Stoic – Why Statues Matter

Nobody cared more about statues than the Greeks and the Romans. In fact, the only reason we know what many of the Stoics looked like is because they were preserved in marble by sculptors many thousands of years ago.

The Stoics knew that statues were important. Aristocreon, a nephew of Chrysippus, put up a statue of his uncle—to honor his memory and his role in the founding of Stoicism. The grandfather of Cato was once asked why there was no statue of him. His answer: I’d rather people ask why there isn’t a statue of me than why there is. The idea for the Greeks and Romans was to put up these statues so that we might look up and be inspired by the deeds and the principles of the great men (and women) who came before us.

But today, what statues do we put up? Last year, Michigan became the home of a new statue of Robocop. Most people can agree that statues of Confederate generals (see: traitors) are not appropriate to maintain with public funds. That’s as far as we’re able to go though. We’re not building new statues, that’s for sure. We can hardly agree on who we admire enough to capture in stone or bronze.

That’s really sad and really scary. Because each generation needs guidance. We need to be called to honor the greatness of our past (and in the case of some monuments, reminded of the failures and mistakes civilization has made). We need to see—in tangible form—the principles that we as a people hold dear, that we are aspiring to mirror in our own lives.

A nation—an era—is judged by the monuments it erects just as a home is judged by the art that hangs on its walls. So that’s the question for the world and for you as an individual today: What statues are you putting up? And are you living by the example they stand for?

Collection – In Your Relationships With Other People, You’re Either Overfunctioning or Underfunctioning

A psychologist explains why these little known concepts are huge in understanding relationships!

There are two kinds of people in any relationship — an overfunctioner (OF) and an underfunctioner (UF).

A basic understanding of this difference and how it plays in your relationships with other people is the first step in being able to make larger, important changes, according to Dr Will Meek, a counselling psychologist, and the Director of Counseling and Psychological Services (CAPS) at Brown University.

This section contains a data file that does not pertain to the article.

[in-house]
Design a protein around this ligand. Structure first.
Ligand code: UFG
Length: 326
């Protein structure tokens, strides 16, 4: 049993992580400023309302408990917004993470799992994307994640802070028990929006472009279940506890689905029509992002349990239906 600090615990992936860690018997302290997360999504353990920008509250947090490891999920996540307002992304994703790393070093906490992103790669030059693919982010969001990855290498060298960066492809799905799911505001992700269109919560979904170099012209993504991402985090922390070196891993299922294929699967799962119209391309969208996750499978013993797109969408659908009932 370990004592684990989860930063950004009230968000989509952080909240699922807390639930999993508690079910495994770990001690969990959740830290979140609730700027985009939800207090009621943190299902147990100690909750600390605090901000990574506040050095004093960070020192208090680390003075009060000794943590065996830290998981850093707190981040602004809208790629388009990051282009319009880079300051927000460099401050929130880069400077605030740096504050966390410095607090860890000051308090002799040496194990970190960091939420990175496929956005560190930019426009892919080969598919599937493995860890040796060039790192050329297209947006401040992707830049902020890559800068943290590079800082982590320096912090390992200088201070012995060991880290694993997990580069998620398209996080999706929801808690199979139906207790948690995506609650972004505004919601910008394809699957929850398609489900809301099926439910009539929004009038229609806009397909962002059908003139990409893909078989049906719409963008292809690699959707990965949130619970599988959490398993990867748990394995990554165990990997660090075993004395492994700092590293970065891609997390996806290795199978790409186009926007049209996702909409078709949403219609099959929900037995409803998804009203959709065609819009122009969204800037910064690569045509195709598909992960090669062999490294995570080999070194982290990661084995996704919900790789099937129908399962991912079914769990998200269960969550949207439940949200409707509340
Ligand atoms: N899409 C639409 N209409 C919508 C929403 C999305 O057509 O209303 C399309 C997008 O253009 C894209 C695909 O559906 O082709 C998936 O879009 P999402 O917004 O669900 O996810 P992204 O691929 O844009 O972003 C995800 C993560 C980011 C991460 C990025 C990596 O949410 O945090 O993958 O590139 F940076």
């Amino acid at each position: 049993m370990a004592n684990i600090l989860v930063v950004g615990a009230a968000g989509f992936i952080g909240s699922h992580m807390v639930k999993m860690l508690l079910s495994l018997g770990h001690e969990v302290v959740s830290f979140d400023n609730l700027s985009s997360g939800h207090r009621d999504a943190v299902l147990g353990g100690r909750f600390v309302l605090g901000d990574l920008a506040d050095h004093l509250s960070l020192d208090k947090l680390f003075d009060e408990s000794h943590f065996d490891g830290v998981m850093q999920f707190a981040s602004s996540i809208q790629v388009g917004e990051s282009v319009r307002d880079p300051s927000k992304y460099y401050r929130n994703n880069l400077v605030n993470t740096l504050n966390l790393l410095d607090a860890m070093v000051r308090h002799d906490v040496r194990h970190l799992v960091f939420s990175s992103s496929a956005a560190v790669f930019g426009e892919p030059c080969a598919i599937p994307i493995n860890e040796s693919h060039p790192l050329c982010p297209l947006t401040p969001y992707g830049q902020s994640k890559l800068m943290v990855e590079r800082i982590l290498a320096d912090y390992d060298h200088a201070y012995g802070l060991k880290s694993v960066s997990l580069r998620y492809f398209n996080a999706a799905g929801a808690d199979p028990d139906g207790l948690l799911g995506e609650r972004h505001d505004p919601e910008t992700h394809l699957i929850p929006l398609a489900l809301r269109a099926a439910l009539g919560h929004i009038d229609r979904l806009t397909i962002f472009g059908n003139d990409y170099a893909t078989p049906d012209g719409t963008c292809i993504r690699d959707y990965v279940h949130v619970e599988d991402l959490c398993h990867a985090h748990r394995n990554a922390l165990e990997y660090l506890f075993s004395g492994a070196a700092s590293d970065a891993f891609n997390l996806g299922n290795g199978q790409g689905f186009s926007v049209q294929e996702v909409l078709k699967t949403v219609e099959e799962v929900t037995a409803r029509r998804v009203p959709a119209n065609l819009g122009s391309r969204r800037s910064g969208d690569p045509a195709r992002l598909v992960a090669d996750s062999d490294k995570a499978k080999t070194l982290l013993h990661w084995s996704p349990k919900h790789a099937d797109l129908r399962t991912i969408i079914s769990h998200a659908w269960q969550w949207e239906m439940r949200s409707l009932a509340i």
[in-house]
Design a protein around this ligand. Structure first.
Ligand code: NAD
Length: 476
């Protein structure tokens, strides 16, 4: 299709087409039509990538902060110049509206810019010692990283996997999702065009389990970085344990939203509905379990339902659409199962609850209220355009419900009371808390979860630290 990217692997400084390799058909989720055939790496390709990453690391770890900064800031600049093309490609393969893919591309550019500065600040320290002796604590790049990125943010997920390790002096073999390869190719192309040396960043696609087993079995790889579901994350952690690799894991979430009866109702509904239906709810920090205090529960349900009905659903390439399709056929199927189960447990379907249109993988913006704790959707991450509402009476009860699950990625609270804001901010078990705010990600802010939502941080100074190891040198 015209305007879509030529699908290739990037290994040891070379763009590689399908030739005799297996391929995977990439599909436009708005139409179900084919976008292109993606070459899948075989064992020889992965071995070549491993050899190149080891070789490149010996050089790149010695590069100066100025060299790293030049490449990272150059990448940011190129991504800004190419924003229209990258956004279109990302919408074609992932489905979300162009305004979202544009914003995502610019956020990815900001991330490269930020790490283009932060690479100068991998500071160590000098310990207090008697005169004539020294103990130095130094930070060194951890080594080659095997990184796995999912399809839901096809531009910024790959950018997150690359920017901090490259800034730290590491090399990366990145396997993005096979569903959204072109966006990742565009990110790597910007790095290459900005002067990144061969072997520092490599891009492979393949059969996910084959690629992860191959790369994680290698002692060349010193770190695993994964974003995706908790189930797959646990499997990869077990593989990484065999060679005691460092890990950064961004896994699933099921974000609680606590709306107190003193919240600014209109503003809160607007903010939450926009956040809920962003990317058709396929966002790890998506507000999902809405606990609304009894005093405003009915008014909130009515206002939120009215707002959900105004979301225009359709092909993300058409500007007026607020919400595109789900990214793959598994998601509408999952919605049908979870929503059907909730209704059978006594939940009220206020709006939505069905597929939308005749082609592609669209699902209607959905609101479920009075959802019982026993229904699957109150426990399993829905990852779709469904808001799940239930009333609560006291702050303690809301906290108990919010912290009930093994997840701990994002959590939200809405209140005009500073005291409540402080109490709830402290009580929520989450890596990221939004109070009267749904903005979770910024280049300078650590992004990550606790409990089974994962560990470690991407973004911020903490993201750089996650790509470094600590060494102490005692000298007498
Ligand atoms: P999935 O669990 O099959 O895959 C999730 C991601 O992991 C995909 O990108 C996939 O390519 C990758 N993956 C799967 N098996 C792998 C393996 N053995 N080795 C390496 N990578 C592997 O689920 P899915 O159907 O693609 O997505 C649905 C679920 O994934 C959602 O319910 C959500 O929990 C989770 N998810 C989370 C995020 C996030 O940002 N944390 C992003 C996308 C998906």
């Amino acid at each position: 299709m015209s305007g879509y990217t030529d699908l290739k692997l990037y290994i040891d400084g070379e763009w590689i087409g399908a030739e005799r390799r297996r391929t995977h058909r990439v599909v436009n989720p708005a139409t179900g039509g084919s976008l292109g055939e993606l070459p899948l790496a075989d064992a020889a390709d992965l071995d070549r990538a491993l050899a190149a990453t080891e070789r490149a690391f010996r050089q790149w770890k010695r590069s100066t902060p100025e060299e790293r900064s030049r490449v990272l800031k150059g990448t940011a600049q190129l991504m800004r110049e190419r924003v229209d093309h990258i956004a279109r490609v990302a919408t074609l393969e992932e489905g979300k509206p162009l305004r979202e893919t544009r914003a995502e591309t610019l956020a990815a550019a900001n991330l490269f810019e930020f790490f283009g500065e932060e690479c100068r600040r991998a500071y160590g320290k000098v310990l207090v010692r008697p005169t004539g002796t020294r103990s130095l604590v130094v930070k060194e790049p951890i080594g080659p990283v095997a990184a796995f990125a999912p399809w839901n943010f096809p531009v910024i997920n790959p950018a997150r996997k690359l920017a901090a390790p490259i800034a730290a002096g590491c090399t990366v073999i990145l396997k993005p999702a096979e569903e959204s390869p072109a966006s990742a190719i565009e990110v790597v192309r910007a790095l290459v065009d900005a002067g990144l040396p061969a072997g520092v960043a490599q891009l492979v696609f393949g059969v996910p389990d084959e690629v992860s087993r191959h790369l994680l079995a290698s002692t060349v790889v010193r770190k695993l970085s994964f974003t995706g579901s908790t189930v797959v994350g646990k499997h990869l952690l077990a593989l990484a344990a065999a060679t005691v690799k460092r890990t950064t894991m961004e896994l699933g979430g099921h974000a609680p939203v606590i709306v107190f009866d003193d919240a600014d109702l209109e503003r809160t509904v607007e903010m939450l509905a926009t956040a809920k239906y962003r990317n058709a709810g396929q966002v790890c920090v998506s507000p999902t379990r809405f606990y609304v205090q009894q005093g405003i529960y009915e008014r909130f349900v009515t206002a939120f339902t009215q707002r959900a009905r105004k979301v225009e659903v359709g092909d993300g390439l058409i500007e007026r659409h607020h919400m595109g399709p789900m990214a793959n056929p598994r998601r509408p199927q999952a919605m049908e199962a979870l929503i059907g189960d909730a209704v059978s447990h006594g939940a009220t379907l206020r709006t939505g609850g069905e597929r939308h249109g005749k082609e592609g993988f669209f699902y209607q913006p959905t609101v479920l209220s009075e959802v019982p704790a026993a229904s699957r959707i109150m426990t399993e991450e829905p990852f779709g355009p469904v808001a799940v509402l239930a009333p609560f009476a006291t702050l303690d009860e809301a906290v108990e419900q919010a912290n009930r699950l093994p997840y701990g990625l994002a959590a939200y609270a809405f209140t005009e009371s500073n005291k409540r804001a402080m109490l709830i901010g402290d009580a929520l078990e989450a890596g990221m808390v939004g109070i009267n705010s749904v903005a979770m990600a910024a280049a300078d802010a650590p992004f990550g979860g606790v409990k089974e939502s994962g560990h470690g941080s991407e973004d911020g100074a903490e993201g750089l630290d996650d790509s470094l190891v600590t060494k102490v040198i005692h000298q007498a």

An imbalance in power is common in many relationships in life and at work.

Murray Bowen(1931–1990) was the first psychologist to study the family in a live-in setting and described specific details about how families function as systems. Michael E. Kerr wrote about Bowen’s systems in his book, Bowen Theory’s Secrets: Revealing the Hidden Life of Families.

According to Bowen, OFs and UFs get stuck in a mutually reinforcing trap. In any situation, you either quickly switch into fixing mode or pull back and hope others will take responsibility.

Awareness is the key to changing this pattern in your home and work life.

Overfunctioners are quick to act. They enjoy taking control. Sometimes unconscious without realising it. They want to attack the to-do list at home and at work.

“The OF takes on more than his or her fair share of responsibility for (say) housework, parenting, or finances because otherwise they don’t get done,” Oliver Burkeman explains.

They easily burnout, because they want to fix everything and everybody, and they have too much to do every day. They don’t know how to take a break. OF’s are frequently overwhelmed, and neglect self-care.

As “effective” as they may be, overfunctioners can be overpowering, especially if you want to take control of your life at your own pace. An OF believes he/she knows a better way for an UF.